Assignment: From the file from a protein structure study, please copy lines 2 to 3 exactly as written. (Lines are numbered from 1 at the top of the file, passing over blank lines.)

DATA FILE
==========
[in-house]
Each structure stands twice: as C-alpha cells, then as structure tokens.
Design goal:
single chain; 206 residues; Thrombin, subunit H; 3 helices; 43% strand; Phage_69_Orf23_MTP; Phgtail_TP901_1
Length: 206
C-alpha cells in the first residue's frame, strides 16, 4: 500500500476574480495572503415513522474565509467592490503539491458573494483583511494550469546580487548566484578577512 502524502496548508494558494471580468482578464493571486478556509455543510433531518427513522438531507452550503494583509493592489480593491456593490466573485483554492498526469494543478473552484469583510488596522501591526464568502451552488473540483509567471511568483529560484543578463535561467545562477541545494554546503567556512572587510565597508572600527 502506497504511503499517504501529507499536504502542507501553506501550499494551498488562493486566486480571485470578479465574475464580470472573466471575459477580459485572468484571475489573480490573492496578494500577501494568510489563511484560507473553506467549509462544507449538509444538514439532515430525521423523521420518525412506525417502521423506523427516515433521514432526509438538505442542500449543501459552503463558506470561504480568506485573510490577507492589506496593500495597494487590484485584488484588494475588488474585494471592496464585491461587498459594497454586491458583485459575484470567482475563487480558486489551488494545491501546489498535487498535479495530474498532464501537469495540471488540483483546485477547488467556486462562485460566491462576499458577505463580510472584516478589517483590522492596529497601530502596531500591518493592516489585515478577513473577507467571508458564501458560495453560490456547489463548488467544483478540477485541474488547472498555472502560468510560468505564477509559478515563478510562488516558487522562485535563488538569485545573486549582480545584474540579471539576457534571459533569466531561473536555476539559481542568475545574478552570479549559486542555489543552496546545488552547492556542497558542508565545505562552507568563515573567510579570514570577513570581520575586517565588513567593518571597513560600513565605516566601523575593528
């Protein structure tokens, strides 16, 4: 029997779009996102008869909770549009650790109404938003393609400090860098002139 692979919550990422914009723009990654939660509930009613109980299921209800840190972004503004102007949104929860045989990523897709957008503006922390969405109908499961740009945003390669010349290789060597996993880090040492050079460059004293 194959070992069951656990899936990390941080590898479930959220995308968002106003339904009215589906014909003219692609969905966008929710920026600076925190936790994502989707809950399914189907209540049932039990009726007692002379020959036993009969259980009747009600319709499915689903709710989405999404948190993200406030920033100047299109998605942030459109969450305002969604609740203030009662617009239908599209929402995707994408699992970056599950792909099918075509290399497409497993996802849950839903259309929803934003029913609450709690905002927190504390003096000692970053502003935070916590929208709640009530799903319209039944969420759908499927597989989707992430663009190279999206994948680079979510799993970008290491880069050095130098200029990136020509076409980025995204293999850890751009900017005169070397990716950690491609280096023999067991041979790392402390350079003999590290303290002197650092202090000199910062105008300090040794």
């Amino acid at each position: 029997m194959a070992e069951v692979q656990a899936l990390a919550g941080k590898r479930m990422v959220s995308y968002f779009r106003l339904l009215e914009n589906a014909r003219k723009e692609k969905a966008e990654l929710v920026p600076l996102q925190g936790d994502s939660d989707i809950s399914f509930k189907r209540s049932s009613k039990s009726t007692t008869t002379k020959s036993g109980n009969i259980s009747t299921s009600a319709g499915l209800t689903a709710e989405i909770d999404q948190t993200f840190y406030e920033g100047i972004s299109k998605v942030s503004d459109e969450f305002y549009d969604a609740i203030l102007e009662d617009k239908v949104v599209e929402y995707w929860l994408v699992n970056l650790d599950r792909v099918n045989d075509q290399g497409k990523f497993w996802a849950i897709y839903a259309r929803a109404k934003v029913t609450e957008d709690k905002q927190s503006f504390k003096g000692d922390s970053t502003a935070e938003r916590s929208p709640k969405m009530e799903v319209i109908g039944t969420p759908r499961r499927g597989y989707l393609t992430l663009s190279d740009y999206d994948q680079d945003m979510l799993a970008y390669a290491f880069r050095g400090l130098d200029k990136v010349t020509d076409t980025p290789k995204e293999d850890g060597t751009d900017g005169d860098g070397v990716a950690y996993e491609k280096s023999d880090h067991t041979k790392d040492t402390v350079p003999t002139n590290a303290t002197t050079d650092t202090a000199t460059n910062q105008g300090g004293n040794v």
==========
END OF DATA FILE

Each structure stands twice: as C-alpha cells, then as structure tokens.
Design goal: